Home Office Needs VPN

The home office has become the norm in many companies since the advent of Corona. Being outside the usual office, home offices often lack the tools that users need to work effectively.

An essential factor for smooth workflows is a virtual private network (VPN). In the home office, the VPN connection allows employees to securely access the corporate network. In unsecured WLANs, they also need a VPN connection if data should be protected. Here are some practical examples and tips on how to do things correctly.

Working From the Home Office: This Option Is Available

Today, there are several ways to perform office work from the home office. Users can, for example, access the corporate network via a secure network connection and VPN.

If the company offers VPN access, employees can log on to the VPN server from home using an appropriate program. With a virtual private network (VPN), the home computer can then connect to the corporate network without any concerns. To do this, it establishes an encrypted connection to the company’s VPN server via the internet. Depending on the configuration of the company’s VPN, the home computer becomes part of the company network by receiving an IP address from the company network.

This allows the employee to access the same shared resources and services as from an office PC. Another form of VPN access is connecting just to specific programs on the corporate network, such as task and customer management software.

For a VPN connection, employees need access details, which they receive from their company. Beforehand, they must install the VPN client software on their home PC, which contains the necessary certificates. They run this software and enter the URL of the services in the browser to be able to work with it. So, to summarize: a secure home office needs VPN!

Printing From a Home Office VPN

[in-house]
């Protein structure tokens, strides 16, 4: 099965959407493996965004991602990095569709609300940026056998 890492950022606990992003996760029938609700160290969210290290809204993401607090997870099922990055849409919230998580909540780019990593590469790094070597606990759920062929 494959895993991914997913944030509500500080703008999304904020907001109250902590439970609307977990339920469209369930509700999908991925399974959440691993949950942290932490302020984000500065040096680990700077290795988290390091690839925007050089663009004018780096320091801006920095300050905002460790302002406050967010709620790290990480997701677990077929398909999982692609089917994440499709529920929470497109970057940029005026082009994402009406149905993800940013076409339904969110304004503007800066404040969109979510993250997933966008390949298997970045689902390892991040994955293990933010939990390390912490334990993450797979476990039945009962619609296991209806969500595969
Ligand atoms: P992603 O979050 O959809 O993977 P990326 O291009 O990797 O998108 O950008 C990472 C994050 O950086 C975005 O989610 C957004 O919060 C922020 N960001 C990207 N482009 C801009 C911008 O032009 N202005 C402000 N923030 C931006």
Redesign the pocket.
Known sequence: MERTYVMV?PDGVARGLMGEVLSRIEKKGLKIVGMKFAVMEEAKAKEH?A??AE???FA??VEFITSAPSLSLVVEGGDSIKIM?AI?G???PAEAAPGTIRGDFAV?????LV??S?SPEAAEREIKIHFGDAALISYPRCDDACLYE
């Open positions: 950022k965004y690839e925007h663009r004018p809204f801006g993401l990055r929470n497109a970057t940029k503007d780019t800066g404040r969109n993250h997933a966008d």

Things get tricky when it comes to printing. If a user is connected to the VPN network and wants to print to their home office printer, this usually doesn’t work. As soon as they connect to the VPN server, they cannot connect to the local resources like the printer. Even though the printer is next to the computer, security settings prevent the user from VPN printing in the home office. This is perfectly logical behavior on behalf of the VPN because the whole point is to separate the corporate network from the local computer. This is also why blocking the computer’s USB ports is advisable.

The ezeep Hub can be used to enable printing despite VPN. The Hub is centrally managed and kept up-to-date by the company. Since the ezeep Hub is only designed for printing and no other software can be installed, it is immune to malware. An attack of malware from a private computer is impossible.

For this purpose, the company sends the Hub directly to the home office of the employee. The employee plugs in the Hub and informs the IT department of the Hub’s MAC address, which is located on the casing. The IT staff enters the MAC address into their management console, after which the employee can immediately use his or her printer in the home office.

This eliminates the need for employees to find an unsecure workaround, such as forwarding emails to private email addresses. One of the reasons attributed to Hillary Clinton’s failed presidential bid. The ezeep Hub is the ideal complement for a secure, VPN-secured home office workplace.

Home office needs VPN. And the home office with VPN needs the ezeep Hub.